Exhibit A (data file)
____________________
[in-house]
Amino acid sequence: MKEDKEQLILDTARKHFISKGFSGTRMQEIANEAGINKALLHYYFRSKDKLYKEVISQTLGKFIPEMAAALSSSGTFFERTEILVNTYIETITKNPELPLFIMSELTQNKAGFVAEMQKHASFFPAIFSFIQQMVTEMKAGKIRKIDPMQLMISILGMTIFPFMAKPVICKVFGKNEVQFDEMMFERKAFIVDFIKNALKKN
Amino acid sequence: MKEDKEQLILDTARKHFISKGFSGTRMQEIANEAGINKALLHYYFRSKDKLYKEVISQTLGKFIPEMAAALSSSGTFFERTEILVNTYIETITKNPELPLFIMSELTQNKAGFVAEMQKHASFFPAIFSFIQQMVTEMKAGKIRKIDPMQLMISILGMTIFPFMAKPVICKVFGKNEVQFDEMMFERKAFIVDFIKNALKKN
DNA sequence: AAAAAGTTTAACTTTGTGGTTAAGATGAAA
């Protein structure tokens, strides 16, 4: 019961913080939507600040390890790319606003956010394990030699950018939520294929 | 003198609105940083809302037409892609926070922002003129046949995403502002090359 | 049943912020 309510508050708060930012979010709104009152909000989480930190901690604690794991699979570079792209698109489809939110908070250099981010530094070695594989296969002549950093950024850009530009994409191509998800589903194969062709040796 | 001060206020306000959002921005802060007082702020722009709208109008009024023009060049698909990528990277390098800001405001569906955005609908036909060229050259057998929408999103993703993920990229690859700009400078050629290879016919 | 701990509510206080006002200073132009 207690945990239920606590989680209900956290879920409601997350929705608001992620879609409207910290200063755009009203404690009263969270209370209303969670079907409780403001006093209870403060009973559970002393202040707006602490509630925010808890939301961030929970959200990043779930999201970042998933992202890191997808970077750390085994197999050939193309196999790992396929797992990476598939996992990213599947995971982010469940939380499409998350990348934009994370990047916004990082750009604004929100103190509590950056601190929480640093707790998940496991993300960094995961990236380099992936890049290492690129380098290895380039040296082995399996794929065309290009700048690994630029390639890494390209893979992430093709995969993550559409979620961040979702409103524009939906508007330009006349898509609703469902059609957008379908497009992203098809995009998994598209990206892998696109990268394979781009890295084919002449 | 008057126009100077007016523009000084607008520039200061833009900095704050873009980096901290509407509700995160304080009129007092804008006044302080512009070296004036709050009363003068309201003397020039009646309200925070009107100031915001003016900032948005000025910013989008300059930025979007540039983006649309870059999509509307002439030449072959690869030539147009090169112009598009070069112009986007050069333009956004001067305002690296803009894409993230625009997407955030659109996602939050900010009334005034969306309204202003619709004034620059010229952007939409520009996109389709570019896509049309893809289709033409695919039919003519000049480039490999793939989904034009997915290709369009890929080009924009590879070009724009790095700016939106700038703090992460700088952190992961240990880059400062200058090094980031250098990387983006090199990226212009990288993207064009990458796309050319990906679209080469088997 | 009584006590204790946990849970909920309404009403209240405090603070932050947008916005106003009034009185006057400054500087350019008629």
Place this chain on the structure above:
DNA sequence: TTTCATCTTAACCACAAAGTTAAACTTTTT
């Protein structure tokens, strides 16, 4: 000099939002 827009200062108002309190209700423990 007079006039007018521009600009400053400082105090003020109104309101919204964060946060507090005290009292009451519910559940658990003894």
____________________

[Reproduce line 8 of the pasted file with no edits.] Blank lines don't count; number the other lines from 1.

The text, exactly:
């Protein structure tokens, strides 16, 4: 000099939002 827009200062108002309190209700423990 007079006039007018521009600009400053400082105090003020109104309101919204964060946060507090005290009292009451519910559940658990003894």